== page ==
The chair of the Local Government Association has described devolution as “dead”, but said district councils are “best placed” to survive reorganisation.
Addressing delegates at the District Councils Network today, Lord Porter (Con) said he did not believe the government would consider any new devolution bids this side of the next election because local government had thrown devolution in two tier areas “back in their face”.
He said: “Devolution is dead. That boat has sailed out of the harbour as far as I’m concerned.
“Government did not want two-tier devolution - they wanted big, urban metropolitan devolution to rebuild our cities.
“We managed to battle them into allowing two-tier areas to have access to devolution deals.
“When they finally conceded to let us do that, with the exception of Cambridge and Peterborough, every other area has thrown it back in their face.”
However, Lord Porter said there could be possible metropolitan deals done in North Tyneside where Newcastle City Council, North Tyneside Council and Northumberland CC are in discussions with government about a mayoral deal, and the Sheffield City Region which already has an agreement in place.
The leader of South Holland DC in Lincolnshire, where a reorganisation row has just been ignited, also said districts were “best placed” to survive reorganisation as they had “closer relationships with MPs than county councils”.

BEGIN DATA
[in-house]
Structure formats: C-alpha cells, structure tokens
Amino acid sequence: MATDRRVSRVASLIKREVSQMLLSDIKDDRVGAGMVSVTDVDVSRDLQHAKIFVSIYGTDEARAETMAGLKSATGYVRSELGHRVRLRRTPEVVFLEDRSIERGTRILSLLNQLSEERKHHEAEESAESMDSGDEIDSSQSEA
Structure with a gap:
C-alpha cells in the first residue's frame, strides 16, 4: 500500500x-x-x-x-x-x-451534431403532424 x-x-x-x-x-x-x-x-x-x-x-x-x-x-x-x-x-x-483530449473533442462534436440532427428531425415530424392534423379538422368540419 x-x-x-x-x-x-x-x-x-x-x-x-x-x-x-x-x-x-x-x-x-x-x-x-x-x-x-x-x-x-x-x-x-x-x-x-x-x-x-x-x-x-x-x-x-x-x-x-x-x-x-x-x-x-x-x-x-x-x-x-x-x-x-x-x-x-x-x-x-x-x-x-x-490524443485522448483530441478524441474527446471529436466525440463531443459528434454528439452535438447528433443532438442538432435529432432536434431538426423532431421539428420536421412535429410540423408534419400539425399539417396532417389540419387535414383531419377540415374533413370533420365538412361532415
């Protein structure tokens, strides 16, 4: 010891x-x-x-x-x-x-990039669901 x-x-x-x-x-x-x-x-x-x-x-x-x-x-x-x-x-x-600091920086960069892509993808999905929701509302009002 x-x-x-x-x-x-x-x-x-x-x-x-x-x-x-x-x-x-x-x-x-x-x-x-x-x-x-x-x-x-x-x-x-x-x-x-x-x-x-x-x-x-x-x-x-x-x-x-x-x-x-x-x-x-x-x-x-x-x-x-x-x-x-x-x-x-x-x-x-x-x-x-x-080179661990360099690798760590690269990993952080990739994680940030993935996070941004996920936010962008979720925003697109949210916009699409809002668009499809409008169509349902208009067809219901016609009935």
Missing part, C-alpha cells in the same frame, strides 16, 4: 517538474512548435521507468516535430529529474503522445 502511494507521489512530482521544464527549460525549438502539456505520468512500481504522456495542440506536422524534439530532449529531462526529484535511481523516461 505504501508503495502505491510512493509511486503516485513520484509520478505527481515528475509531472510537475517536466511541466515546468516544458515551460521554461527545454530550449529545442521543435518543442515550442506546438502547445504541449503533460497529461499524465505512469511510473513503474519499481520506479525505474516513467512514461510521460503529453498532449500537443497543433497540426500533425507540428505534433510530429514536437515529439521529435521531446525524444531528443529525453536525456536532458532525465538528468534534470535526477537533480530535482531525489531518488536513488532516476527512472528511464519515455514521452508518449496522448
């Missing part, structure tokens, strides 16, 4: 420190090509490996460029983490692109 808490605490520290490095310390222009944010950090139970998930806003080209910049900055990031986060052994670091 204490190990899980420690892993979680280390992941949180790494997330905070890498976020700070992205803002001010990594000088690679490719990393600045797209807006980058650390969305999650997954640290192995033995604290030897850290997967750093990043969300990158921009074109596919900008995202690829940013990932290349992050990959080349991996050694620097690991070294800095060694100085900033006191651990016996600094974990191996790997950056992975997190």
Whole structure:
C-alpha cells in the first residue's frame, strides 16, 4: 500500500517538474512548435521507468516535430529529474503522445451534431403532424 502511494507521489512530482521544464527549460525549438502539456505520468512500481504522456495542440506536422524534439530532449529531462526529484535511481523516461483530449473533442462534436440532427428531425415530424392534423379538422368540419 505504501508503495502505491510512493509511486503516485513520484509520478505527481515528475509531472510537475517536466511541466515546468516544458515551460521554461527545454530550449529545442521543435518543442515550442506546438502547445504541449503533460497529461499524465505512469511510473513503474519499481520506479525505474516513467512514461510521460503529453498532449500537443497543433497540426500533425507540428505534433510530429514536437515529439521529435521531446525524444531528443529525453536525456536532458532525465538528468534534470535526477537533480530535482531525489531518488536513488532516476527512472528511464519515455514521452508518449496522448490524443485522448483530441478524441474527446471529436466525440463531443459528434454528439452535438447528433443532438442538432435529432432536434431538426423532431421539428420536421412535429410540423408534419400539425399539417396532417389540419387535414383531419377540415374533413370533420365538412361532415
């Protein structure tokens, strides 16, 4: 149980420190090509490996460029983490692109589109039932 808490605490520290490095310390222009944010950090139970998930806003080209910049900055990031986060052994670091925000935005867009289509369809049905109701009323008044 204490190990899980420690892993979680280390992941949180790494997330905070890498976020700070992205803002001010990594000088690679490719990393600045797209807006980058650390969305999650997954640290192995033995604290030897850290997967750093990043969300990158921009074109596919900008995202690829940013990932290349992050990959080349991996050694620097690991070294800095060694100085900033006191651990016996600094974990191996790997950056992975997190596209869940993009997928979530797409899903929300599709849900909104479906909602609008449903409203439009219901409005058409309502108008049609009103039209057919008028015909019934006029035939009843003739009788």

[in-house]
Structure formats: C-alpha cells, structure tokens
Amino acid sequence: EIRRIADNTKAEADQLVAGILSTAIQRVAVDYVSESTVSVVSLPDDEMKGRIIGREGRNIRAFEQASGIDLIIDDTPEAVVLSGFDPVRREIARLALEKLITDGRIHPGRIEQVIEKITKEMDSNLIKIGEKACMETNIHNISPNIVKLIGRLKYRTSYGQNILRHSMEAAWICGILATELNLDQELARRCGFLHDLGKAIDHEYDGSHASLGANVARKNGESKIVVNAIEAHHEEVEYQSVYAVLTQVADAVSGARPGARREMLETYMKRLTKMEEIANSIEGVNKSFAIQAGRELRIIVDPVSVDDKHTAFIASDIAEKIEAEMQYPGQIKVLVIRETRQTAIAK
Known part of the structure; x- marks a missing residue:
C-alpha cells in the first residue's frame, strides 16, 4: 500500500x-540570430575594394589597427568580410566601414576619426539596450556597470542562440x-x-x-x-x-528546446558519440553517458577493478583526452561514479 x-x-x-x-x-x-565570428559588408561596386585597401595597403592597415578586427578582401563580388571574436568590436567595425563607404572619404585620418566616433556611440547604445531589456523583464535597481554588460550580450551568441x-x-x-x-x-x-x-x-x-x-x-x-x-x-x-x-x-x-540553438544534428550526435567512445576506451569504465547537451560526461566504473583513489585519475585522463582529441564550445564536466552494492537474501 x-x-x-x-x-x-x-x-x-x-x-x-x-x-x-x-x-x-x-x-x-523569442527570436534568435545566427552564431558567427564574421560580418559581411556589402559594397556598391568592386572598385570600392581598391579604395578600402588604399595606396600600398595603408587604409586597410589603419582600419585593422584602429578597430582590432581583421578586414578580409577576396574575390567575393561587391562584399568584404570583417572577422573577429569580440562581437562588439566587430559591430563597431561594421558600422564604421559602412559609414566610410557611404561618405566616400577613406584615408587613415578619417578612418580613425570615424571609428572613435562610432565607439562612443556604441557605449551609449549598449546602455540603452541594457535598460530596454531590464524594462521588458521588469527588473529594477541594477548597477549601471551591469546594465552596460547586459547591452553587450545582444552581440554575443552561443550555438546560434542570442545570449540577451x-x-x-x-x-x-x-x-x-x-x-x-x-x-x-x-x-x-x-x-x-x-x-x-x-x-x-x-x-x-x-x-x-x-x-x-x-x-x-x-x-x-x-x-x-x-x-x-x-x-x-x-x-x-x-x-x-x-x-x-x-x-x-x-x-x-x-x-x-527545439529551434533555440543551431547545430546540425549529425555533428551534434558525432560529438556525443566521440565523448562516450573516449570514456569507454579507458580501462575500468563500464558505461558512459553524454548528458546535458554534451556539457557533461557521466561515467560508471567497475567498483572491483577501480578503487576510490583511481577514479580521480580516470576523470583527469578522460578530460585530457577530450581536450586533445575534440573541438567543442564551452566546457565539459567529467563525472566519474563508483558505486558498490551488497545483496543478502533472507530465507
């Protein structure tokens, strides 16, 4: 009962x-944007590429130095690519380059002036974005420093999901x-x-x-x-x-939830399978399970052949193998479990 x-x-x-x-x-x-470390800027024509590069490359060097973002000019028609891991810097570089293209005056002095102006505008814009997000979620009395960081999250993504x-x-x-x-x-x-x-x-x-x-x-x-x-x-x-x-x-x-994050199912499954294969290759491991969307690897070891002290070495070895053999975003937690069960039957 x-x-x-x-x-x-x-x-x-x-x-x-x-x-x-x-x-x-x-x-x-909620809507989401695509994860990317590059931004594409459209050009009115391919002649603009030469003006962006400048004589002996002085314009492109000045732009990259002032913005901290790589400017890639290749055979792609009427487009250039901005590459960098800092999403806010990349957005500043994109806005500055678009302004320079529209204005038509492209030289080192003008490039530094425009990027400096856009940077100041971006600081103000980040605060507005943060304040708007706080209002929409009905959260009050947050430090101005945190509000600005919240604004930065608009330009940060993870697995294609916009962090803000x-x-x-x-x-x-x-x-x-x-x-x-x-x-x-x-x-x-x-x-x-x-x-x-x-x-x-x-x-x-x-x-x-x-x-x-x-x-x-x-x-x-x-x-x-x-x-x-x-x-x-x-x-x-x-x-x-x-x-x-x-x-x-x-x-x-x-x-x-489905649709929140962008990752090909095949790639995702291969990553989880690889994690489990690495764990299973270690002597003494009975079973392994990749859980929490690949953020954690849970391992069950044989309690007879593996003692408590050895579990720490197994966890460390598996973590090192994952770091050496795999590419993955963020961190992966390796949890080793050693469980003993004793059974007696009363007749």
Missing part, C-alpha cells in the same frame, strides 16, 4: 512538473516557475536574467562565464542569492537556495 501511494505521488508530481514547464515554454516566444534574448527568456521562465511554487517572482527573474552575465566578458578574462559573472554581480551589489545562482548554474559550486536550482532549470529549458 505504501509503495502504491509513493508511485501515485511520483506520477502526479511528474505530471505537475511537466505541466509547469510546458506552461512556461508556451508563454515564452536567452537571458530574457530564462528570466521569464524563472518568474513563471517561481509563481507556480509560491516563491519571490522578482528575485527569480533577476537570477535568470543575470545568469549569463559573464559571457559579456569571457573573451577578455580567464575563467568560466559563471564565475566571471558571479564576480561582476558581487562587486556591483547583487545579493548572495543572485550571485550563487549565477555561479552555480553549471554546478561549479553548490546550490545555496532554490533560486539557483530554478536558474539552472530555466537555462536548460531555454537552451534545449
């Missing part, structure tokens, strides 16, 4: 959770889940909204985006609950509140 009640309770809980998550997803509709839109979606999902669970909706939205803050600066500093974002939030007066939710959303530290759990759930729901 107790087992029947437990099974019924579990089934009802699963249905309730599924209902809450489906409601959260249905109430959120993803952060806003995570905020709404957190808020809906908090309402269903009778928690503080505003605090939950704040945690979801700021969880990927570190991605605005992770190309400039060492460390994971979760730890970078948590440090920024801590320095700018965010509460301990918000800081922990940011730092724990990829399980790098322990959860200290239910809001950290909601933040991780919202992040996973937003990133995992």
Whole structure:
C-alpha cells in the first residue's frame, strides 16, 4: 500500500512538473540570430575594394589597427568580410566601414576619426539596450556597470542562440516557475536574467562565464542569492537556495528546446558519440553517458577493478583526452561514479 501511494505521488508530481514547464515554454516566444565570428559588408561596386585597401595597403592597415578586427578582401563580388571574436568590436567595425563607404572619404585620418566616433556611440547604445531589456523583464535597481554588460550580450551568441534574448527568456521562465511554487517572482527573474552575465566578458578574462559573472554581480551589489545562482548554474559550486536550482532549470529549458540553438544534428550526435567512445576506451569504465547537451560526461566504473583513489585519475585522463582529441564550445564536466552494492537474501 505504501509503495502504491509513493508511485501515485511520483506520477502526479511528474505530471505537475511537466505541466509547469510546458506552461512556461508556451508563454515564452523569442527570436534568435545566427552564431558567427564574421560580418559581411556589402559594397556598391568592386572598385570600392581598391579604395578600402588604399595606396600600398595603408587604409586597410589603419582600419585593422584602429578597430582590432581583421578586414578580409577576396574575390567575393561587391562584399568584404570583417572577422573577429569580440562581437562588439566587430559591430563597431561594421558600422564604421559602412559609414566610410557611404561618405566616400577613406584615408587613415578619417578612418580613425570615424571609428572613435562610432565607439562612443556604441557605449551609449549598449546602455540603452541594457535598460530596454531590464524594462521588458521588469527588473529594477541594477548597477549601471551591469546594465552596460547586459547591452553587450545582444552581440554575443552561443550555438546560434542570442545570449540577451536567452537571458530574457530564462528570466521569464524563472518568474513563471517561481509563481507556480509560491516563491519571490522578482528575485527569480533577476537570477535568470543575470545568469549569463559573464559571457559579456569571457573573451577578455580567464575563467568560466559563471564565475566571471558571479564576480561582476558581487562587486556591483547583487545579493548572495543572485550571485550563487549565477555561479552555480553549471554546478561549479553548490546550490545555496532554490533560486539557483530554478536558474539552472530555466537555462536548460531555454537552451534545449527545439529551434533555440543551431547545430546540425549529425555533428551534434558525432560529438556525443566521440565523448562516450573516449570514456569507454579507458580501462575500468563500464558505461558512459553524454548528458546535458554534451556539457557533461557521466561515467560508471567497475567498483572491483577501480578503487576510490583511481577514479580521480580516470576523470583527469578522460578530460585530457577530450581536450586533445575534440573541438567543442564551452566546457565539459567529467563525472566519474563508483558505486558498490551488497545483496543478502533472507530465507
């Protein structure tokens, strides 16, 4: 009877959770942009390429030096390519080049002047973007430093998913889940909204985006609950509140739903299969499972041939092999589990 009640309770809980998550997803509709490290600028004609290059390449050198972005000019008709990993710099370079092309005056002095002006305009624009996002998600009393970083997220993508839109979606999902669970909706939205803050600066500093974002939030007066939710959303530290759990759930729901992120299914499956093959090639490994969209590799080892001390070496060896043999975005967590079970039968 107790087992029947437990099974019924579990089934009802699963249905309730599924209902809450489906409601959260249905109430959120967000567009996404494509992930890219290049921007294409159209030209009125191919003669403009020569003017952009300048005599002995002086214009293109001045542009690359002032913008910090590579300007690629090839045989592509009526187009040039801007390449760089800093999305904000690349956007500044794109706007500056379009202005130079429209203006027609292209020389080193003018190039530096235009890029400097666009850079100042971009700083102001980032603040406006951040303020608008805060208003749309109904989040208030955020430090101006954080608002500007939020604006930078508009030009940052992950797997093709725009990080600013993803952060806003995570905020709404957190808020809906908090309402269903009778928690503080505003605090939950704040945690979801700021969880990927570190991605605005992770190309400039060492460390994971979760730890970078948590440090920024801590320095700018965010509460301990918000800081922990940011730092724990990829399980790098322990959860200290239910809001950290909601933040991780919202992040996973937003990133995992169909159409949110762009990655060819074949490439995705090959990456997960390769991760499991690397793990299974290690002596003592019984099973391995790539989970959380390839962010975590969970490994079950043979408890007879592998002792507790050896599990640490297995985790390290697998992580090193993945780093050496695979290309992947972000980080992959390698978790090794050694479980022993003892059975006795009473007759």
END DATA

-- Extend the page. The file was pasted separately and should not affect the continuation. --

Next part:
But Lord Porter warned against districts bidding to become small unitaries. He said: “I don’t think you will get anywhere near having very small unitaries.
“I do think a cluster of districts will become the building block [for new structures]. I can’t honestly see any unitiaries being built around a county boundary, if you are talking just about the civic county. Ceremonial county boundaries might be a different matter.”
Lord Porter said communities secretary Sajid Javid would not rule out “hostile” reorganisation bids, where there are competing plans from the two tiers of local government, with the “same certainty” as his predecessors.
And using the example of Dorset, where reorganisation plans are to be put to government, Lord Porter said new unitaries should be “pitched” at populations of between 300,000 and 500,000.
Lord Porter’s appearance was followed by former communities secretary and current business secretary Greg Clark, who outlined the industrial strategy green paper published last week.
He said councils had the opportunity to influence the strategy as it is developed over the coming months.
Mr Clark said: “Because of increasing centralisation, local government has been too timid in the past in saying to government, ’This is how things should be, this is what we know from our experience,’ and evidencing it and having the right of initiative and say ’This is how it should be done’.
“I think this is an ideal opportunity to respond vigorously and creatively to the industrial strategy.”